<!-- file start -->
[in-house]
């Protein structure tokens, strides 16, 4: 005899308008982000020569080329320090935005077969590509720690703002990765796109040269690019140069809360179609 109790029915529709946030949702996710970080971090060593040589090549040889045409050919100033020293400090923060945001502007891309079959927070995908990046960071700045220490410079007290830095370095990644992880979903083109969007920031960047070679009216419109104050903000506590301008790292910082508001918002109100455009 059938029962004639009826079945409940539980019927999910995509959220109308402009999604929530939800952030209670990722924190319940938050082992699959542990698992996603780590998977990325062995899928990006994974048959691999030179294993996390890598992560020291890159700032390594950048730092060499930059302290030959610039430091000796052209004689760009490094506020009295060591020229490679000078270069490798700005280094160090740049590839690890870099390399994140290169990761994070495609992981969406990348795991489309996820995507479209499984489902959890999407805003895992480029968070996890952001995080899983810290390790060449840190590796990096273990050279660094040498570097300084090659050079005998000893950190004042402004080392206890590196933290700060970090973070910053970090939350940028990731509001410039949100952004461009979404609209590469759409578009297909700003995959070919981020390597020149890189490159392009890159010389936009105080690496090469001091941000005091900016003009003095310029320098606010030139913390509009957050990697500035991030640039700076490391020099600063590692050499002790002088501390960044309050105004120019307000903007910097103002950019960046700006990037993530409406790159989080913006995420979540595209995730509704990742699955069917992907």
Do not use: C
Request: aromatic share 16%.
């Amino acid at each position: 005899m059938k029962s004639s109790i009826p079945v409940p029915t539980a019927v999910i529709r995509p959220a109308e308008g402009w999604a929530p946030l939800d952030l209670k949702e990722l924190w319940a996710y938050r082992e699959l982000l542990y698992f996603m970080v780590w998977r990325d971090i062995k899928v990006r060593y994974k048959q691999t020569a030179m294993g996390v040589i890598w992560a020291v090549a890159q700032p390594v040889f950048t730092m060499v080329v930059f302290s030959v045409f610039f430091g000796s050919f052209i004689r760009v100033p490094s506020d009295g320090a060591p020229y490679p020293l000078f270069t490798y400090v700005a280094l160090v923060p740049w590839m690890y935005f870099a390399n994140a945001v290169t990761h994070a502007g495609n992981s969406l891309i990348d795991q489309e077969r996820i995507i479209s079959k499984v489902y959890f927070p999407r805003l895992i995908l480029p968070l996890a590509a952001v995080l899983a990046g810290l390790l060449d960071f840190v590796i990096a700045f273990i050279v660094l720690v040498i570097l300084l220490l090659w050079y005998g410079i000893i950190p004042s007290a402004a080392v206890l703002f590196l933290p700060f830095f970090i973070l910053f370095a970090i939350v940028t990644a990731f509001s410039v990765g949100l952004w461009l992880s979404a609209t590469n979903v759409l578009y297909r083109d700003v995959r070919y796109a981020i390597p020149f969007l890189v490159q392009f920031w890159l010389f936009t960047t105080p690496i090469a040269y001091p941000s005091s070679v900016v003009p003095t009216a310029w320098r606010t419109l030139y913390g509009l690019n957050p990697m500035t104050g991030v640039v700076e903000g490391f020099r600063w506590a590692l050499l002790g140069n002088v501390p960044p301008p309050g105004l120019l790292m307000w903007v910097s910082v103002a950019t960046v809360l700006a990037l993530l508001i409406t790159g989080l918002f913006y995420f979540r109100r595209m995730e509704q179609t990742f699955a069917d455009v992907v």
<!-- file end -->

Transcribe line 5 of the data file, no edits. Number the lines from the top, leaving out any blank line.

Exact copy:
């Amino acid at each position: 005899m059938k029962s004639s109790i009826p079945v409940p029915t539980a019927v999910i529709r995509p959220a109308e308008g402009w999604a929530p946030l939800d952030l209670k949702e990722l924190w319940a996710y938050r082992e699959l982000l542990y698992f996603m970080v780590w998977r990325d971090i062995k899928v990006r060593y994974k048959q691999t020569a030179m294993g996390v040589i890598w992560a020291v090549a890159q700032p390594v040889f950048t730092m060499v080329v930059f302290s030959v045409f610039f430091g000796s050919f052209i004689r760009v100033p490094s506020d009295g320090a060591p020229y490679p020293l000078f270069t490798y400090v700005a280094l160090v923060p740049w590839m690890y935005f870099a390399n994140a945001v290169t990761h994070a502007g495609n992981s969406l891309i990348d795991q489309e077969r996820i995507i479209s079959k499984v489902y959890f927070p999407r805003l895992i995908l480029p968070l996890a590509a952001v995080l899983a990046g810290l390790l060449d960071f840190v590796i990096a700045f273990i050279v660094l720690v040498i570097l300084l220490l090659w050079y005998g410079i000893i950190p004042s007290a402004a080392v206890l703002f590196l933290p700060f830095f970090i973070l910053f370095a970090i939350v940028t990644a990731f509001s410039v990765g949100l952004w461009l992880s979404a609209t590469n979903v759409l578009y297909r083109d700003v995959r070919y796109a981020i390597p020149f969007l890189v490159q392009f920031w890159l010389f936009t960047t105080p690496i090469a040269y001091p941000s005091s070679v900016v003009p003095t009216a310029w320098r606010t419109l030139y913390g509009l690019n957050p990697m500035t104050g991030v640039v700076e903000g490391f020099r600063w506590a590692l050499l002790g140069n002088v501390p960044p301008p309050g105004l120019l790292m307000w903007v910097s910082v103002a950019t960046v809360l700006a990037l993530l508001i409406t790159g989080l918002f913006y995420f979540r109100r595209m995730e509704q179609t990742f699955a069917d455009v992907v």